An encounter with music album artist Storm Thorgerson and an attempt to live up to his high expectations.
Storm Thorgerson thinks it’s in the band’s interest that they get along with him since they want the best cover for their albums. He doesn’t make it exactly easy for them, as he is awkward (admitting it himself) grumpy and opinionated. But music icons like Led Zeppelin, Pink Floyd and Muse wouldn’t choose someone else to give their albums the final visual polish. Storm Thorgerson albums have passed millions of music fans’ hands and made music-history. When we visited Storm Thorgerson at his most recent exhibition at the Idea Generation gallery we had a close-up on how the brain behind Pink Floyd’s “Liquid Side of the Dark Moon” album cover works. The gallery promptly invited us to reproduce our own version of it – under the close surveillance of the artist, of course. We probably didn’t exactly soothe his nerves or his voice, as we couldn’t really get a grip on his paint-pouring technique. Even shouting at his assistant “Rachel, tell the young man, that he has to pour closer to the surface so it doesn’t splash” and observing us from different angles didn’t do the trick. Somehow we still managed to get a decent version of the cover and Thorgerson assured us that “This has to be repeated many times, before we choose the most interesting one”. “The Liquid Side of the dark” moon was compared to Storm Thorgerson’s other works a rather cheap production. All of his photos have been done for real, rather than being designed on the computer. Although looking at 700 antique-looking beds on a beach you might suspect otherwise. “It is difficult to do this, as they are also very heavy.” he told me. Storm Thorgerson made his first album cover n 1967 for Pink Floyd, whom he was a friend with. At this time there was no Photoshop and computer designed pictures, so there really was so other option as to make his psychedelic ideas into reality and then take photos.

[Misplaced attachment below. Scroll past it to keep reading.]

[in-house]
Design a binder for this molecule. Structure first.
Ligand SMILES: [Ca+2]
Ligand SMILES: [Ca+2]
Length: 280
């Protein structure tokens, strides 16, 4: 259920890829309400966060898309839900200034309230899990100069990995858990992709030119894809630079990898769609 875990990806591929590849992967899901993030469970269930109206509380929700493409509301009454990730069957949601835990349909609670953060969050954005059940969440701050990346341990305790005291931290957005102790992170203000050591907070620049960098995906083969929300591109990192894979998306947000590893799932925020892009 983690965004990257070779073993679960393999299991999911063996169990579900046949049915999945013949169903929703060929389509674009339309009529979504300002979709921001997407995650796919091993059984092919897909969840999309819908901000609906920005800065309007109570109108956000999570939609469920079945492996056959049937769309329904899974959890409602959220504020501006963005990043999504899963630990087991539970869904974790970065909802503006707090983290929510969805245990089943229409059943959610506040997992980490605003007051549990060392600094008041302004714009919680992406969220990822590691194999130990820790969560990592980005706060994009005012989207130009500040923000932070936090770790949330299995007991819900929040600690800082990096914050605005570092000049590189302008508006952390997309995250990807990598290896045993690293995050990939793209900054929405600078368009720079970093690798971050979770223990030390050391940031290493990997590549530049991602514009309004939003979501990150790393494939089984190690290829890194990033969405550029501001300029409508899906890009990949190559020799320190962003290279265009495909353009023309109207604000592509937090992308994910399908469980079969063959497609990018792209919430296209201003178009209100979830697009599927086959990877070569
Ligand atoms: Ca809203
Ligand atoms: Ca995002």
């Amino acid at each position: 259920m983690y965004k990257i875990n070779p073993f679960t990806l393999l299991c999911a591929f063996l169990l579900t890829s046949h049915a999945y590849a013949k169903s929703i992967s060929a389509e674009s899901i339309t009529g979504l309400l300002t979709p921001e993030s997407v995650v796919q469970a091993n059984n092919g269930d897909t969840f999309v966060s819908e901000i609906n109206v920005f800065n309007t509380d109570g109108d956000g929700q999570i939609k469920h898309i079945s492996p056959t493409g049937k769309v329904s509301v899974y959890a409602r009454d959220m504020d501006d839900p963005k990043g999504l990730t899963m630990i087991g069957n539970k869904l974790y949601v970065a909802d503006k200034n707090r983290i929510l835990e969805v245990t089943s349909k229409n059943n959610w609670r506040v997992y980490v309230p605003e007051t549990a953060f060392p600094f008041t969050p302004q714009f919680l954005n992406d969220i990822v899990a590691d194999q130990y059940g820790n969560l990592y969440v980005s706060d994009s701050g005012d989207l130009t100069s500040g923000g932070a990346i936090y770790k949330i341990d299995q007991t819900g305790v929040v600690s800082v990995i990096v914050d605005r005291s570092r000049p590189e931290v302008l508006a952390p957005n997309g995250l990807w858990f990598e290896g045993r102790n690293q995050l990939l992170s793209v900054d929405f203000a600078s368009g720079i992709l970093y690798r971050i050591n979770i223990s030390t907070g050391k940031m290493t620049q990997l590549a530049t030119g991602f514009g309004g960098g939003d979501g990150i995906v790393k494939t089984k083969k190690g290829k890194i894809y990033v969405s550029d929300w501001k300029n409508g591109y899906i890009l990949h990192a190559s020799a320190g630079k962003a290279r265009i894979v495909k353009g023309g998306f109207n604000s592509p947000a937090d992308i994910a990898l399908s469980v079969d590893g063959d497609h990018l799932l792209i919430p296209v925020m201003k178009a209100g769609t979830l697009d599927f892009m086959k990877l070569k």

What is the importance of an album cover in times of i-tunes and mp3? Is the album cover disappearing? Thorgerson doesn’t think so. “It is the picture that counts. It has to best illustrate or represent the music. We don’t know in what format or design it will appear as the record company decides on that, so that’s the only thing we can work with”. Although the way we produce and publish images may change, it’s the idea that fascinates us forever and Storm Thorgerson has definitely done a good job at that.
His most recent exhibition at the Idea Gallery has shown 14 of his favourite covers in large print, which also went on sale. While visitors browse the gallery he is already working on variations of the album cover, ordering his assistants around -and being awkward, of course.